What is the Player Loan System in Football all About?

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As a young talented football player you sign for a good club and in the no time you find yourself on a loan in a lower division club. What actually happened?


In football a loan means that you will temporarily play for a new club and not the one you have a contract with.

Youngster loaned to a lower division club …

Most commonly, young football players are loaned to a club in a lower league where they can gain valuable experience playing in a first team. The club you have a contract with will in that case pay for your salary.

There are other cases as well, especially if a club is trying to save money on high wages of its football players, or gives a first team player a chance to regain his match fitness after an injury.

The club is getting a great player for free?

So what a club you are loaned to gains from this status? A loan actually presents more or less a great way to get a talented player for free, or in some cases as a cheaper option, when the club can’t afford to pay for a transfer but can pay for players’ wage. The so called parent club may sometimes even demand a smaller fee or simply that the new club pays for players’ wage.

Remember, you can only play for two clubs in a season

Now things can get a little tricky when loaning a player, as football players may be registered with a maximum of three clubs during one season, loans included, and during this period, the footballer can only play official matches for two clubs.

There is an exception to this rule, when a player is moving between two clubs belonging to associations (countries) with overlapping seasons. For example if one starts in summer/autumn as opposed to winter/spring, only then may the player be eligible to play in official matches for a third club during the season.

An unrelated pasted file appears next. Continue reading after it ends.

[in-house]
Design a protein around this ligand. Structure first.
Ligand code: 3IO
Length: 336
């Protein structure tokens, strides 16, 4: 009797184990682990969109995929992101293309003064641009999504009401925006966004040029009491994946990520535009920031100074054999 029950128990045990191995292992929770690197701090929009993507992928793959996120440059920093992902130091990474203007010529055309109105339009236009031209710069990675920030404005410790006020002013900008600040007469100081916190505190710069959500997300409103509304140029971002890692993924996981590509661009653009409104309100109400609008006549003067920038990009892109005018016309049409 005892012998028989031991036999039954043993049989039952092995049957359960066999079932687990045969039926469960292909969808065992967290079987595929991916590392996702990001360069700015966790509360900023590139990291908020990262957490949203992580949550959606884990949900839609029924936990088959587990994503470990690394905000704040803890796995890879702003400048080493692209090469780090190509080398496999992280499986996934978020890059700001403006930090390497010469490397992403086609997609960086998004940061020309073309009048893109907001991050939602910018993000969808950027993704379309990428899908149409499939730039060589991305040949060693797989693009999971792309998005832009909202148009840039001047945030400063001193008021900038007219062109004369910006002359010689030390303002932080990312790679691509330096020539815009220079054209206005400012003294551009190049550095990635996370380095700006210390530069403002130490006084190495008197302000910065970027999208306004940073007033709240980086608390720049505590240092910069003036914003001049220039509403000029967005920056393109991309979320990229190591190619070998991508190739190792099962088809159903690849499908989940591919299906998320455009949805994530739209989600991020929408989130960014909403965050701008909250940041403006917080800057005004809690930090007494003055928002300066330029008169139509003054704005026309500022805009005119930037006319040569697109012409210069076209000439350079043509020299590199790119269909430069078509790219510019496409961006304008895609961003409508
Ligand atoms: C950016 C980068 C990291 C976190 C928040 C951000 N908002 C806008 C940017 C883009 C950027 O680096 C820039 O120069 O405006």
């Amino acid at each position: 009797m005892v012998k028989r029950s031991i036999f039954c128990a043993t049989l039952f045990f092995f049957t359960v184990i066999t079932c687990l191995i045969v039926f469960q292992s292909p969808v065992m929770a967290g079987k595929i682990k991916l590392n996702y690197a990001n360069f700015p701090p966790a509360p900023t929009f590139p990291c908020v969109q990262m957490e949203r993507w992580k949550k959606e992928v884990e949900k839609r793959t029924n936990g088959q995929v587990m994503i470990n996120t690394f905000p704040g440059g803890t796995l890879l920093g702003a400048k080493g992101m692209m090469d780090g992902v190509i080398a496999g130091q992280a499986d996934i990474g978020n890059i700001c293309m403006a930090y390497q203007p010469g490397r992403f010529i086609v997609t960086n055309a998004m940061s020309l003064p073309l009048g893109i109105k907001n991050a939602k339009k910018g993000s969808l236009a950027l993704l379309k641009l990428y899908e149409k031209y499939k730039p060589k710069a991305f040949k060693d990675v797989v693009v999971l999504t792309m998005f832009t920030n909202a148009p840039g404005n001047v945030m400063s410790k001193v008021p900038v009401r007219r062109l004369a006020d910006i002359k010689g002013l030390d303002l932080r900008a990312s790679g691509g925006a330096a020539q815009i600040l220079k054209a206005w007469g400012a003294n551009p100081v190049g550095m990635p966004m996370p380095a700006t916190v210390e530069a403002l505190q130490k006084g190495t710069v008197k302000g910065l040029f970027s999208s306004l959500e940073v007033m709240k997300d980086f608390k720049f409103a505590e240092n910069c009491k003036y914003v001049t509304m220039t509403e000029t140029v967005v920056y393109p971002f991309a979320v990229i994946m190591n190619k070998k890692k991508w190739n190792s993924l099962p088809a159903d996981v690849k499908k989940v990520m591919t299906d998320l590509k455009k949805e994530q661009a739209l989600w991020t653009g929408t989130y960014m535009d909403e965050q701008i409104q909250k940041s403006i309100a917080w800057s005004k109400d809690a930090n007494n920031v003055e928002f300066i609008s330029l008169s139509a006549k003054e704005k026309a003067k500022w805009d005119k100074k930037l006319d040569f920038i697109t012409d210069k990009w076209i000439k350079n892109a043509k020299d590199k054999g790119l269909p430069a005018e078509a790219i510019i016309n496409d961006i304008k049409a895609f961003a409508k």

You (player) make the decisions!

A professional may be loaned to another club on the basis of a written agreement between him and both clubs. Any loan has the same rules that apply to the transfer of players, including the provisions on training compensation and the solidarity mechanism. There is another important rule, the minimum loan period lasts between two registration periods.

The club that accepts a footballer on a loan cannot transfer him to a third club without the written authorisation of the club that sent the player on loan and the player himself.

The end of so called emergency loans

There was an interesting loophole in the loan system in England that the FIFA stopped in the ongoing season. It was more than absurd that in 2013, in a Championship football match between Watford and Crystal Palace, Watford started the game with a team that included five loan players – four of which were international loans. Another loan player was brought on in the second half, taking the tally to six. Players in England were known of being loaned short term outside of transfer windows, as of 2014/2015 season so called emergency loans are not allowed any more.

Learn more about loans here – FIFA’s Regulations on the Status and Transfer of Players rules (pages 11 and 33).

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